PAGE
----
This week CWC member, Elizabeth Ducie, talks about some of the things she’s been doing recently to refresh her writing.
“At a Swanwick seminar years ago, we were challenged to step outside our comfort zone occasionally, to see what we could achieve. At the time, it influenced me to take a business decision I would otherwise have avoided. It resulted in the single largest contract our small consultancy ever won; months of work for us and several of our contractors; and allowed us to finance a move across the country which we have never regretted.
But I have to admit I’ve not been challenging myself too much lately. In a time of uncertainty such as we’re living through at the moment, it’s very tempting to keep to the familiar, the safe, as much as possible. But, safe can also mean stale.
However, in the past few weeks, I’ve been making an effort to be a bit more adventurous, trying different genres and writing for its own sake rather than with a specific purpose in mind.
Literature Works Workshops
As part of their Quay Words project, Literature Works runs occasional workshops on a variety of writerly themes. Back in March, just before lock-down, I joined Writer-in-Residence Natasha Carthew and a small group of other hardy souls on the quay in Exeter as we attempted to develop Nature Writing In Non-Fiction – in the rain. Out of that came a piece of life writing that fits nicely as a prelude to other pieces I’ve written in the past, but have yet to find a home for.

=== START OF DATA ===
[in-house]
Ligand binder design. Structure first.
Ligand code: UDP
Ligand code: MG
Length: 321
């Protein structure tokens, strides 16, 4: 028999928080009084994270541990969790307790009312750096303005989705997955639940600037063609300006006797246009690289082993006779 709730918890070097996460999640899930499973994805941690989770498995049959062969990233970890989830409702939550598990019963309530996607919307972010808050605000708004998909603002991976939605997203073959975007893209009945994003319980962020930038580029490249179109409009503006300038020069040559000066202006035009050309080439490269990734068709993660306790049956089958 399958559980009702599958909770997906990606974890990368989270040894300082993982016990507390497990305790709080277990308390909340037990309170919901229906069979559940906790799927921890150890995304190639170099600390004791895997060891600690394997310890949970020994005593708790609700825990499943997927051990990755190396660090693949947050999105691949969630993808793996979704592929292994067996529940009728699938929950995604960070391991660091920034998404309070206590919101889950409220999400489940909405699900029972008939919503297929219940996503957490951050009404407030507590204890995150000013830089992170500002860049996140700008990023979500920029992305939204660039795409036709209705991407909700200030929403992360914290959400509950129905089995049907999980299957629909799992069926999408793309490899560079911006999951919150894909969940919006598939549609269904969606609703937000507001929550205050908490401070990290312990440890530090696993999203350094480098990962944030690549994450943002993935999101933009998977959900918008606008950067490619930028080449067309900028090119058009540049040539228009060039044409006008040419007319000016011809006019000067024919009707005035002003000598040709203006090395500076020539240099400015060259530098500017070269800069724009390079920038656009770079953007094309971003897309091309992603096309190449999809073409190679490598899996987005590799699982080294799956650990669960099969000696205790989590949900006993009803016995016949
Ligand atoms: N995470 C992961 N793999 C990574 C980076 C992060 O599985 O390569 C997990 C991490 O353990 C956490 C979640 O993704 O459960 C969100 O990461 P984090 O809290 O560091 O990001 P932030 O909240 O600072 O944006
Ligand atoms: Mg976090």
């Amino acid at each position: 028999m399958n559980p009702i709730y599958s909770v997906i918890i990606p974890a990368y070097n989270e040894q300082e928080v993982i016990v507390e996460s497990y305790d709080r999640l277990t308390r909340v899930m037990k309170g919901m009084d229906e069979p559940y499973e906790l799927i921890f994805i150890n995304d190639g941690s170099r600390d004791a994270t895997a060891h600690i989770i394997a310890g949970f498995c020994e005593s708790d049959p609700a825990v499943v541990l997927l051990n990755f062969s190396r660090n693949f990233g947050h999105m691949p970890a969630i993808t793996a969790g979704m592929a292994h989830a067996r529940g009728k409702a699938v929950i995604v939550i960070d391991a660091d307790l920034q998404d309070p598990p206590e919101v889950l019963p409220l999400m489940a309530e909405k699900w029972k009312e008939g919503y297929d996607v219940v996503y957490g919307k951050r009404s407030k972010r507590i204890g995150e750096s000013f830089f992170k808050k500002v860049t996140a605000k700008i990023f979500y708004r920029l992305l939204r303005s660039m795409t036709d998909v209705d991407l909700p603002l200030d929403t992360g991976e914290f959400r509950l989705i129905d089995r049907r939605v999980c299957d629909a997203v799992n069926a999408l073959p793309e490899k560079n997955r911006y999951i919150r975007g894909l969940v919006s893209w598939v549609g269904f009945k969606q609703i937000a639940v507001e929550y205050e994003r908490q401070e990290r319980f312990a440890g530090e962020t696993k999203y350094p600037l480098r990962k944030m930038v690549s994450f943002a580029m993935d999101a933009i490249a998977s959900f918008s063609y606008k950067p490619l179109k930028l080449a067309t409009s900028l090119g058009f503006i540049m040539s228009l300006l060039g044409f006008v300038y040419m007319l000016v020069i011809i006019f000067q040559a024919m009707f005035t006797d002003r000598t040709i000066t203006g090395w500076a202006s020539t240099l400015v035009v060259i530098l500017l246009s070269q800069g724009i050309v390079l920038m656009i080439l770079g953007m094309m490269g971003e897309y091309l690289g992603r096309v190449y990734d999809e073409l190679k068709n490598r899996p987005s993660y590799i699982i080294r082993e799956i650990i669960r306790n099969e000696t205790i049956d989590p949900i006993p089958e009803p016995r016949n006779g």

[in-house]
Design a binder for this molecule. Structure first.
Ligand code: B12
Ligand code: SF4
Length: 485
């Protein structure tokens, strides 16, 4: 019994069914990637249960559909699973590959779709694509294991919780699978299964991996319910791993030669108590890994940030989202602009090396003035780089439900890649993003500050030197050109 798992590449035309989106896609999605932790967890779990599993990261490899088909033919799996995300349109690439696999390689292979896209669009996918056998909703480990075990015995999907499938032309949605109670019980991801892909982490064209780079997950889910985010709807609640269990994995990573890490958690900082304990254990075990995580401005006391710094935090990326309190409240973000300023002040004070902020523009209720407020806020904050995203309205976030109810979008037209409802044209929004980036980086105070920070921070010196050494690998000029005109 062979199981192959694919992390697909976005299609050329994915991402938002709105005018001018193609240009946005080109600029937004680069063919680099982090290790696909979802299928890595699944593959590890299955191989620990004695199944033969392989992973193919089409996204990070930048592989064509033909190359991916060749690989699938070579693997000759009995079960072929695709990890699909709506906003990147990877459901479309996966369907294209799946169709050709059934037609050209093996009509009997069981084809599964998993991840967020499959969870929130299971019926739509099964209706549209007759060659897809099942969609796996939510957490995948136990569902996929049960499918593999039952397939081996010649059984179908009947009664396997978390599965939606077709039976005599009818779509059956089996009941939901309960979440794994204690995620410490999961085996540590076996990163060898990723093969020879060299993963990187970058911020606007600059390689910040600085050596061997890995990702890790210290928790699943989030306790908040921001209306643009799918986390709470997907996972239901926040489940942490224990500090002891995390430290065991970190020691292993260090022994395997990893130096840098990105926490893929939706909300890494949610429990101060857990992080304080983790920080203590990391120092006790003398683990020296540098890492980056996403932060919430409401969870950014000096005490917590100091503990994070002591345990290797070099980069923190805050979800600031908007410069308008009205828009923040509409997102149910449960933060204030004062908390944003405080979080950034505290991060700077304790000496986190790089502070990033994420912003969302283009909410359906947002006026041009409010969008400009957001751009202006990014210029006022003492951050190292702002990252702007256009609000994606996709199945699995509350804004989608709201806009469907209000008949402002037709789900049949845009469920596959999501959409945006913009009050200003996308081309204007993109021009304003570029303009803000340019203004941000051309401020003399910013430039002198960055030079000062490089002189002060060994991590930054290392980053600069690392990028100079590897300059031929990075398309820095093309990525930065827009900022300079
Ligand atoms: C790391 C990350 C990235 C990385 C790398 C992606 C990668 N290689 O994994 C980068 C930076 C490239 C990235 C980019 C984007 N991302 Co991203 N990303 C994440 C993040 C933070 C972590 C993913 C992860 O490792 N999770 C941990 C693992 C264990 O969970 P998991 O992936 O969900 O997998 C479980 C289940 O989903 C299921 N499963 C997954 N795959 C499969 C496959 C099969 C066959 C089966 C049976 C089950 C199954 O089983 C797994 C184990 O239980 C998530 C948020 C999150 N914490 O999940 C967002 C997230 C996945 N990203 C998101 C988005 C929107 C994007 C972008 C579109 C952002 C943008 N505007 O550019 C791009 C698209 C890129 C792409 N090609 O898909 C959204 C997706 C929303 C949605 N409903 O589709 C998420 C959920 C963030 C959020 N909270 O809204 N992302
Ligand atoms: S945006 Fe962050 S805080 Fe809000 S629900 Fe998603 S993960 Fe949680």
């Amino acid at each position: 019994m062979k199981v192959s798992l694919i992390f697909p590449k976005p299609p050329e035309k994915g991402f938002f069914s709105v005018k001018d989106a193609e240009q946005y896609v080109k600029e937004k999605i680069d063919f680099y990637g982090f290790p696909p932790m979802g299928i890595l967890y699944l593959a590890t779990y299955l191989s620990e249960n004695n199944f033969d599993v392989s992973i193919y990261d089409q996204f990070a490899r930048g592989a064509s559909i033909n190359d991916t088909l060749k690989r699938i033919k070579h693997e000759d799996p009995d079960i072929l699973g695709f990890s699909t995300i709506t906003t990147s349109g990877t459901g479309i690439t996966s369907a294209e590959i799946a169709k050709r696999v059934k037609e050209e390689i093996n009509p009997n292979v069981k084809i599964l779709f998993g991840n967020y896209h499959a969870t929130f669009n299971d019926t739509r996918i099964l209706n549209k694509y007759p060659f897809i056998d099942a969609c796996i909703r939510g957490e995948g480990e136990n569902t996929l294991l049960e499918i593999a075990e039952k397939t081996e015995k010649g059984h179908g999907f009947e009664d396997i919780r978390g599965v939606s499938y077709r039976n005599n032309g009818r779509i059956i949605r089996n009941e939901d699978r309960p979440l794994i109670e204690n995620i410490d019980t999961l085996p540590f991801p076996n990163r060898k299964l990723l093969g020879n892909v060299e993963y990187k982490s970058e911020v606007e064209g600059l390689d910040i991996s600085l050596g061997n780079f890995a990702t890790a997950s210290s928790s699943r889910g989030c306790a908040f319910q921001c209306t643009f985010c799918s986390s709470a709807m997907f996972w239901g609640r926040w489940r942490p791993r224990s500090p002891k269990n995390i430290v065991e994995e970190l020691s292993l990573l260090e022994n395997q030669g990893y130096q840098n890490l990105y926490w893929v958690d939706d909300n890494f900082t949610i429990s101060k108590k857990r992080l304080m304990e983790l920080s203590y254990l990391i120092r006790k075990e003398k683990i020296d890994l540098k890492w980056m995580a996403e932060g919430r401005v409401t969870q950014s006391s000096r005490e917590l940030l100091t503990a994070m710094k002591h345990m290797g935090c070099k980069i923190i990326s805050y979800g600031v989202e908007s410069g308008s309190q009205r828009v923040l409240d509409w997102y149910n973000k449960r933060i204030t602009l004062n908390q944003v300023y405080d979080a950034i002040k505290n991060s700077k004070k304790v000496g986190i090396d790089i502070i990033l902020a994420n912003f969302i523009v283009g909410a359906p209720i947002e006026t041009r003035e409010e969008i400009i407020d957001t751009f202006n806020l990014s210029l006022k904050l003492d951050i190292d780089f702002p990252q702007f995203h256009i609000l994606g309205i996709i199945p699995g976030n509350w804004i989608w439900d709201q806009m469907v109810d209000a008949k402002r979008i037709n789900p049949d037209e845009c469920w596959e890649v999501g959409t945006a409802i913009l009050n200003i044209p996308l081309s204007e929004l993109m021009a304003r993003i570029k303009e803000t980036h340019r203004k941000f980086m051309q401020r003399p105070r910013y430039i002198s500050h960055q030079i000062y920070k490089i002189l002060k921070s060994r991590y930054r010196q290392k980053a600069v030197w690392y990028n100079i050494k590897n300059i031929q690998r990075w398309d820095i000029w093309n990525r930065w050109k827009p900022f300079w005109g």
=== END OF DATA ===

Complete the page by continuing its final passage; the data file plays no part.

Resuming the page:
June’s Digital Writer-in-Residence is crime writer, Martyn Waites. He developed a fascinating exercise: a locked room murder mystery set around the Custom House in the 18th Century. We were presented with a murder, a detective’s report, a handful of suspects; and were invited to write a short story showing who done it, why, and how they got out of the locked room? And the great thing is: there’s no right answer. Even Martyn doesn’t know. You can see the results of that exercise on at 6pm on Wednesday 5th August when Martyn will set the scene before the nine participants each present their solutions. It’s a free webinar, but you need to register for it by clicking here.
The next Digital Writer-in-Residence is TJ Dema who has set up the Place and the Personal exercise to get to know and understand Exeter better. She is asking for a photo of a place in Exeter that has personal meaning to you, accompanied by a short piece of writing in any form about why that place matters to you. You can read the full details by clicking here. I’m certainly going to have a go at that one as well.
One positive outcome of lockdown is that so many projects are moving online and therefore geographical boundaries become meaningless. As a born and bred Brummie, I was interested to hear about a workshop called Poetry and the Power of Music, which took place last week. Run by writer and musician, Reisz Amos, Artistic Associate for Birmingham Opera, and Theatre Director, Gitika Buttoo, it was a fascinating exploration of feeling and thoughts triggered by the Prelude to Das Rheingold. The writing was raw and may or may not lead to something publishable, but the whole exercise certainly took me outside my comfort zone and I thoroughly enjoyed it. There will be similar workshops running monthly; you can find details on the Facebook Group.
Give It A Try
If, like me, you have found your writing getting a tad stale, or if other things have been getting in the way, why not have a go at something different? There are all sorts of such workshops on offer at the moment. And you never know what you’re missing until you step outside your comfort zone.”